AMAX Coal Company operates the Chinook Mine near Staunton, Indiana, formerly, Ayrshire and, previously owned by Peabody Coal Company.
The landscape it created is one of the last legacies of the flatland strip mining that once shaped the area’s culture. It brought in thousands of European immigrants and an influx of American migrants from Appalachia. The Bobolink Mine was just south of Seelyville, Indiana, a young town of German, Czech and Polish Catholics, who came here to dig coal.
The Chinook Mine, being a strip mine, was about a mile south of the interurban rail line that ran from Brazil to Terre Haute. At first, this land had been a mixture of forest and tall prairie grass, that of a wilderness. There had been some short-lived farms up through the 1920s; then that was dramatically changed with the coming of the mine. The mine equipment ripped at the earth, destroying every bit of prairie and forest to turn up the coal that lay underneath.
Chinook is the oldest surface mine still in operation in Indiana. It opened in 1928. The tipple presently in use, was also constructed in 1928. Raw coal is cleaned, graded, and processed for final sale at the tipple. The early Chinook surface mining operation has the average mining depth of about thirty feet. As machines improved, deeper coals could be uncovered and the mine was reaching a depth of about sixty feet in the 1950s.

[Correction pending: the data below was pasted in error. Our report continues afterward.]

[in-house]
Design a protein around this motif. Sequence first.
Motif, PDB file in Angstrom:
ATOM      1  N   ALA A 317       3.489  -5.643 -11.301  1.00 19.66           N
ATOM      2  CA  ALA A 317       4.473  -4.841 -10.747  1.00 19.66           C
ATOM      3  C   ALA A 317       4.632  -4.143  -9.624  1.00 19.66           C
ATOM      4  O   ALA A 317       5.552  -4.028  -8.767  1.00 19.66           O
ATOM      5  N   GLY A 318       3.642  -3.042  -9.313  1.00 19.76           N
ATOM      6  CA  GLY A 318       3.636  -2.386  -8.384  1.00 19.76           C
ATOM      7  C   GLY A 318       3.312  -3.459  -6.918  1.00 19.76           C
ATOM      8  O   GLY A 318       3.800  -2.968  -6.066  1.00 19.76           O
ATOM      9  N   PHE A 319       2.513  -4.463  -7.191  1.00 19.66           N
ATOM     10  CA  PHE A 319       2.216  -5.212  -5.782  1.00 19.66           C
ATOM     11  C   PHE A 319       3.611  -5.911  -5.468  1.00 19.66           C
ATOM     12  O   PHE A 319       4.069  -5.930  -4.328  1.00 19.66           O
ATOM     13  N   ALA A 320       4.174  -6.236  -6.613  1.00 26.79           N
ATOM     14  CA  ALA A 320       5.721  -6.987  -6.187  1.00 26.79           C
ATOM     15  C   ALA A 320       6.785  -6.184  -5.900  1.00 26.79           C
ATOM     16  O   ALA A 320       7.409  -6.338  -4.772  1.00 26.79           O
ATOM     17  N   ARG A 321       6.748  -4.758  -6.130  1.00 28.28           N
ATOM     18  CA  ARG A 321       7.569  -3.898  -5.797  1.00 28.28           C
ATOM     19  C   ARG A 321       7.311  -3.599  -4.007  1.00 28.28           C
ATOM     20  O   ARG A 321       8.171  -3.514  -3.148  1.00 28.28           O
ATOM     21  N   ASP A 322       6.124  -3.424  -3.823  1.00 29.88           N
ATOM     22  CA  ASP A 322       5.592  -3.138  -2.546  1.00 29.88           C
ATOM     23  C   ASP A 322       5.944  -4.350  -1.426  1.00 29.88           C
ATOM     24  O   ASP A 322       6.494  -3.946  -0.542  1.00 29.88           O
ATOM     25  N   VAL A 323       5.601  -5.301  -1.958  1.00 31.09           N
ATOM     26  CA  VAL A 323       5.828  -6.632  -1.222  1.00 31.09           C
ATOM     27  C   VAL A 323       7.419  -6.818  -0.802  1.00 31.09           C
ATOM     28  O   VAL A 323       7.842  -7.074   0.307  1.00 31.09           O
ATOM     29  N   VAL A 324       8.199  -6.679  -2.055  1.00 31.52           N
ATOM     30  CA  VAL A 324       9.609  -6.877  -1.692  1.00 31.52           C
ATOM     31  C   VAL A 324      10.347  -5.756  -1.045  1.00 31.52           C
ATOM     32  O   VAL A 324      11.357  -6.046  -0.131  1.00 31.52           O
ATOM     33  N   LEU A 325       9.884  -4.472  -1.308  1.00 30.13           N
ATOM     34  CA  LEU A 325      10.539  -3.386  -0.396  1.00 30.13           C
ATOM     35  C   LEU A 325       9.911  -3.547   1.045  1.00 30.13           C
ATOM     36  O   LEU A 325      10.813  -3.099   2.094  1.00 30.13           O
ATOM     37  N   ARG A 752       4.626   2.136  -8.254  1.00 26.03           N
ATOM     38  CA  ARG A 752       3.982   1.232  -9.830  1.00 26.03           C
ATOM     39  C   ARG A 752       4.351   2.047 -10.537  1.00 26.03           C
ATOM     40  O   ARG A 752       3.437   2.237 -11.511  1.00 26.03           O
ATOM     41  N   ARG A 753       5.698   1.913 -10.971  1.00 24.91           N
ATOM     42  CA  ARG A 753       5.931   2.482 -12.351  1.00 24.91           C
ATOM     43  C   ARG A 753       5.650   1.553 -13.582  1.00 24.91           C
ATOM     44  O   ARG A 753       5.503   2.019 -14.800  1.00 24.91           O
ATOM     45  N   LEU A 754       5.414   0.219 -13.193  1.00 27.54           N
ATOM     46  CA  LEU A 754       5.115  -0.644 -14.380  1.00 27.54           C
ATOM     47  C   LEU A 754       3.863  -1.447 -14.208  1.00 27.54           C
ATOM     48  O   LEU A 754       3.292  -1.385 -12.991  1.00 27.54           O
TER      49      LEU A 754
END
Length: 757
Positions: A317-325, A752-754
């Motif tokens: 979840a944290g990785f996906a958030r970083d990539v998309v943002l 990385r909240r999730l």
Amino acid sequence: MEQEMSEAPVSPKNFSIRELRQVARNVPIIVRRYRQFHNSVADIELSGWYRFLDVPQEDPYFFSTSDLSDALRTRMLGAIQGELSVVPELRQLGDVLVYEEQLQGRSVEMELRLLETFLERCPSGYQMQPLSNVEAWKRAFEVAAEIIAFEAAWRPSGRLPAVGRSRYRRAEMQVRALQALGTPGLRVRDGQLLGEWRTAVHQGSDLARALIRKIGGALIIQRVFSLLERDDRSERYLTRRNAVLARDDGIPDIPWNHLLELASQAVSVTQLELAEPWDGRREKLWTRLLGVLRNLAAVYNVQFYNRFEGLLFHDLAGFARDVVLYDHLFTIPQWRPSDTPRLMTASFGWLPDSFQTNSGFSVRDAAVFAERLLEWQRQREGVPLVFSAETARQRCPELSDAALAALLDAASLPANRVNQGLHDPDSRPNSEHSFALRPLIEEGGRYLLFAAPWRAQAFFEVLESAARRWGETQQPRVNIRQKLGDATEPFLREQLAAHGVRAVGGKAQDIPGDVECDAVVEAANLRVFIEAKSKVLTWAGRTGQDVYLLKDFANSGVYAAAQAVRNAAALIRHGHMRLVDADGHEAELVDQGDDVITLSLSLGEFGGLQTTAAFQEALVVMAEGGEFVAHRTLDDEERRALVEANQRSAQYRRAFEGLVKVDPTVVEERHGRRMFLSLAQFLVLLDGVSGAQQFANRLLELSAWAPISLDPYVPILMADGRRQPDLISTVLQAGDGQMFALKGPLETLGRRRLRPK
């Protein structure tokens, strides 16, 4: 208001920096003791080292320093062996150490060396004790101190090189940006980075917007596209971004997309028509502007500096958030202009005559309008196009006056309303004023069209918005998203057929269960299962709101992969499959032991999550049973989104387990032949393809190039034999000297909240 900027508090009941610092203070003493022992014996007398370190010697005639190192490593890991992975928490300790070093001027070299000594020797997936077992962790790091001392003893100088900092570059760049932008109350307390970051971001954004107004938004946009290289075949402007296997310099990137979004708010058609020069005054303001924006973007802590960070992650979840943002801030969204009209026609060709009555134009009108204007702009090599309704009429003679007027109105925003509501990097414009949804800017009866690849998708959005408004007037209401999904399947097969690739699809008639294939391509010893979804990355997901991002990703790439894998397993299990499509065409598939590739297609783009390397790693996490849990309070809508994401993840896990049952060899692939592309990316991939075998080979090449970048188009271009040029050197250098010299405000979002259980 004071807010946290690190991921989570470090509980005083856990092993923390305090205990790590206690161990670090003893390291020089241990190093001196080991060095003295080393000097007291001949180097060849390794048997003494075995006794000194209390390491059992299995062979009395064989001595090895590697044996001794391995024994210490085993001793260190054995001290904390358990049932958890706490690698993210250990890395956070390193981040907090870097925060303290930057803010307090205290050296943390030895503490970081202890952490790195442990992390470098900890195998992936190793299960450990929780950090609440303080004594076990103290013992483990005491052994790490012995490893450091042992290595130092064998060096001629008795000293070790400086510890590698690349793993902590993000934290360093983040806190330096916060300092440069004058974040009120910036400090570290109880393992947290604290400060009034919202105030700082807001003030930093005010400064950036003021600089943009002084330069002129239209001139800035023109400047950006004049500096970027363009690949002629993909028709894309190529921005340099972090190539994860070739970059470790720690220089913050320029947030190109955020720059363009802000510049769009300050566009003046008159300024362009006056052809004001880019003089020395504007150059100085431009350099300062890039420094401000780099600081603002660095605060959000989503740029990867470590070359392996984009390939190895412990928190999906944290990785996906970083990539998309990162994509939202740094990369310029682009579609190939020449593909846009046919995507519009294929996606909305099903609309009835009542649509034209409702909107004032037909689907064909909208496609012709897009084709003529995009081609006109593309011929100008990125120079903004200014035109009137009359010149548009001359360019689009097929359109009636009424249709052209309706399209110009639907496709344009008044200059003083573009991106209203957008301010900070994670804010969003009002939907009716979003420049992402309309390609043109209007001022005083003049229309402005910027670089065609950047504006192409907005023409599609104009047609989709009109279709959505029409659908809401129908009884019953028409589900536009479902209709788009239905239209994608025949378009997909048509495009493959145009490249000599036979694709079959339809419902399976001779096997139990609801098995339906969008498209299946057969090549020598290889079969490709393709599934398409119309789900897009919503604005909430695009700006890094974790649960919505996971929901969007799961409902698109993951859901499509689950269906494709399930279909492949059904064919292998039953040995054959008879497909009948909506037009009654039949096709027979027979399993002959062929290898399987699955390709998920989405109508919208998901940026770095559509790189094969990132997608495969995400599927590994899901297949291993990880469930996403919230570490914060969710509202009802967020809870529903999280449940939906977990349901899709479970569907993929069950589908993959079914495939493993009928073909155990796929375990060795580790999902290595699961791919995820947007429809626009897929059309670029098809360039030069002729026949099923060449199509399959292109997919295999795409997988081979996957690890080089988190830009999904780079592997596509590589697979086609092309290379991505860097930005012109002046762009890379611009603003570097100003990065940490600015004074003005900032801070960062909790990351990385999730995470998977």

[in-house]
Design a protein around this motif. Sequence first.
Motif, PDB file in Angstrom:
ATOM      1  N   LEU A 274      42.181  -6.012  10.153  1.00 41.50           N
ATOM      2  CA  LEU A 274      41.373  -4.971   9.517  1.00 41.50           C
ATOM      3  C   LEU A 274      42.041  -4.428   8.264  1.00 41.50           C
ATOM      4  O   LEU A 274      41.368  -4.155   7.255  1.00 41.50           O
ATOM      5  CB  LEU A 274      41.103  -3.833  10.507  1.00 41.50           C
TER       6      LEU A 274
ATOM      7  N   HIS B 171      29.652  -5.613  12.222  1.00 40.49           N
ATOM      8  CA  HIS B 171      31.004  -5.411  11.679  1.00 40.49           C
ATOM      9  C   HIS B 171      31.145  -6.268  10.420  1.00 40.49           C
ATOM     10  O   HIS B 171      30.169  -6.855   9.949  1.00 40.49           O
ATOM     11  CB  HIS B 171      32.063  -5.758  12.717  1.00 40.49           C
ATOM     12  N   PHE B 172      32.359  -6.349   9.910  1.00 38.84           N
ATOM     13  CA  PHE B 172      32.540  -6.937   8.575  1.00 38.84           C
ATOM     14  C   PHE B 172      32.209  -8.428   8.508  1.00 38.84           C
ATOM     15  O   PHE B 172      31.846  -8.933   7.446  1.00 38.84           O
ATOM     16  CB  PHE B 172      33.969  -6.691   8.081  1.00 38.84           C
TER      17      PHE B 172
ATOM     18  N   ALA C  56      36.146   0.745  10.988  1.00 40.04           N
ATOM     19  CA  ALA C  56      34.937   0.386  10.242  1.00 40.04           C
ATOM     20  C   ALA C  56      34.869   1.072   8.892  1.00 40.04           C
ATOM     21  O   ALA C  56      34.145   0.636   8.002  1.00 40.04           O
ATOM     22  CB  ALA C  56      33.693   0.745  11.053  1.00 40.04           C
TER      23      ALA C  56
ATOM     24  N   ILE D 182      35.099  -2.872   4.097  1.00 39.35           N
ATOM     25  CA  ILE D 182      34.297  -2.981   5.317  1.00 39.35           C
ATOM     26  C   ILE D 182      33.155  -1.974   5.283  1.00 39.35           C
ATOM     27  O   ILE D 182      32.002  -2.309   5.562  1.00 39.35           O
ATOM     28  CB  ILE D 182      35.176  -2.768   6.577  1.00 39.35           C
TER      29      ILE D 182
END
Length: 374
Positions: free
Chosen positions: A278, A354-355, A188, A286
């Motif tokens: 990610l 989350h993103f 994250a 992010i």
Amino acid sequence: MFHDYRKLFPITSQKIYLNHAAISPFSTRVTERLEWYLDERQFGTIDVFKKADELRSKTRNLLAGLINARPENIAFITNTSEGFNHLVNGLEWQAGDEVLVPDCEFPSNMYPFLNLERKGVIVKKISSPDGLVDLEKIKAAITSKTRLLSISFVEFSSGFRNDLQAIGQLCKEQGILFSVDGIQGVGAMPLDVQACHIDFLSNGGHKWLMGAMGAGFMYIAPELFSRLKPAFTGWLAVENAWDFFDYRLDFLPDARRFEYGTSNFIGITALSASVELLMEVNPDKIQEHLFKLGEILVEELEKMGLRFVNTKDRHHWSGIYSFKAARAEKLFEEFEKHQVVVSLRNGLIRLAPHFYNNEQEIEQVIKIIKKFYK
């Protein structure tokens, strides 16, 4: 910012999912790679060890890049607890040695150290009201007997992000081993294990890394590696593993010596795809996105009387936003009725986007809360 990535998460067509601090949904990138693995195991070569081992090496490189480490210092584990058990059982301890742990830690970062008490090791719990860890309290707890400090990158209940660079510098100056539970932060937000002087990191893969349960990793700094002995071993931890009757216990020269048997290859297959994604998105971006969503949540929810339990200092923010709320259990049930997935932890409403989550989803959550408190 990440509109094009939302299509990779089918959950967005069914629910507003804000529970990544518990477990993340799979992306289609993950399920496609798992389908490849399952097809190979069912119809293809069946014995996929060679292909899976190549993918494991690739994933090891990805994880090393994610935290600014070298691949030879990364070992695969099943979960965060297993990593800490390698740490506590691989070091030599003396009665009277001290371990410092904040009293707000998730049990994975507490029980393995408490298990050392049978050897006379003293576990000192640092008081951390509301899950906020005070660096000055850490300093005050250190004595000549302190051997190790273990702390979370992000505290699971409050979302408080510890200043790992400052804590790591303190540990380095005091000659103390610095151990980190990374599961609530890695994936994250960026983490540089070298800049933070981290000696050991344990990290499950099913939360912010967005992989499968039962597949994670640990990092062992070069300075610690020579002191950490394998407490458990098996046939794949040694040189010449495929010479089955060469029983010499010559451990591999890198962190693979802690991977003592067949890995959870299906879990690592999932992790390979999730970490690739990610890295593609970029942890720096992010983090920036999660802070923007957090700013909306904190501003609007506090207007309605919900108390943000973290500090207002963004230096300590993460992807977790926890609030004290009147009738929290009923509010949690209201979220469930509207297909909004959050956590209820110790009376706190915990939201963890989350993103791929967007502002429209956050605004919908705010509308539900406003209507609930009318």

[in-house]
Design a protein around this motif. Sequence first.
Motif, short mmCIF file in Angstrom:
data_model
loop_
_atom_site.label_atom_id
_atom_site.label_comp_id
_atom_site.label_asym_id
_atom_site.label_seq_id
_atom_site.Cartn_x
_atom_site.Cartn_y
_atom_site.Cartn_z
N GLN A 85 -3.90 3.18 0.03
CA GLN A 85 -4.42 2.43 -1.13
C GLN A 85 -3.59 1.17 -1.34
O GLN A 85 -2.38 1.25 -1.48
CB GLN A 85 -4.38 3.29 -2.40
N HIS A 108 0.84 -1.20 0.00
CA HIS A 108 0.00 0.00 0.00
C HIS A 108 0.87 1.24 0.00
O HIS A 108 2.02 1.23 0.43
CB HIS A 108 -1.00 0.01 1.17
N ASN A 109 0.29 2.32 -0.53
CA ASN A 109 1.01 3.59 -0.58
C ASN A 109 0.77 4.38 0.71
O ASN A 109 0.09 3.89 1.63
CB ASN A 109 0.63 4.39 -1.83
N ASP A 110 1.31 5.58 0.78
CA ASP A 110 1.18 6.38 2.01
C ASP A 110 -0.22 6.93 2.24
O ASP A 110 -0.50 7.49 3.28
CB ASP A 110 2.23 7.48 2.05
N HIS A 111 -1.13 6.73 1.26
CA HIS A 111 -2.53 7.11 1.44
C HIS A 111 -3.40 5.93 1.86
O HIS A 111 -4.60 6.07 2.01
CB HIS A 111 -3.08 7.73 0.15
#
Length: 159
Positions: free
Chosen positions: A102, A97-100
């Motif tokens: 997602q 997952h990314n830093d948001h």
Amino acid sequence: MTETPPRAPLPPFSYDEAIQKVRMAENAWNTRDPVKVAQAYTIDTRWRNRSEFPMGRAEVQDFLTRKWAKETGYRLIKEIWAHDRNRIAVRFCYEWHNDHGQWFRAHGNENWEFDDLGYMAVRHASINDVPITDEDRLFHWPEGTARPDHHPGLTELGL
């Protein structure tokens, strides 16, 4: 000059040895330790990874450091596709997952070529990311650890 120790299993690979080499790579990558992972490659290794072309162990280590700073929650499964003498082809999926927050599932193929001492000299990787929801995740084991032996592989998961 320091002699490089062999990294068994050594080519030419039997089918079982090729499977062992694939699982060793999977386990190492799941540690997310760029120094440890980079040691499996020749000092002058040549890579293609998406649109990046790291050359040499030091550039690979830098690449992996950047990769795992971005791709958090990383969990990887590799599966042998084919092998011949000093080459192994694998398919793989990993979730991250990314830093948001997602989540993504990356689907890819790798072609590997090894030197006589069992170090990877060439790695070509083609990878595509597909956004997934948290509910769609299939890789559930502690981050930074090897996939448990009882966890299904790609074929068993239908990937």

A new tipple is being constructed at an approximate cost of $2.5 million. The new tipple will feature continuous train loading from a storage silo. Coal ready for shipment will be placed in a final holding silo, whose capacity is 15,000 tons. The railroad track forms a loop so that the entire train can enter the loop, pass through the silo to load the cars, and return from the loop onto the main track without needing to stop or switch cars onto a siding track. The rail cars will not stop in the silo to be loaded.
AMAX or the company’s subsidiary, Meadowlark Farms, owns about 100,000 acres in the Indiana vicinity. Of this, about 35,000 acres have been mined and about 4,000 are now being actively surface mined.
The company did declare, that after mining, the land looks terrible! But they do not leave it that way. At the mining operation a team of four bulldozers work twenty-four hours a day leveling and grading the earth. Through the AMAX reclamation program, the land is returned to the highest level of production consistent with the soil type and quality. Presently this means either pasture and hay land or the highest use, farm row crops. No longer can the unleveled spoil banks be planted with trees and termed, reclaimed.
AMAX feels at least some portion of the strip-mined land should be planted in trees. In Indiana fifteen per cent of the land surface is covered by forests, and they feel that at least that percentage of mined land should be planted to trees.
AMAX is the fifth largest coal producing company in the United States.
Source: Chinook Mine – Field of Vision: Spirit & Place and The Brazil Times Submitted by: Jo Ann Pell – Clay County Genealogical Library in Center Point, Indiana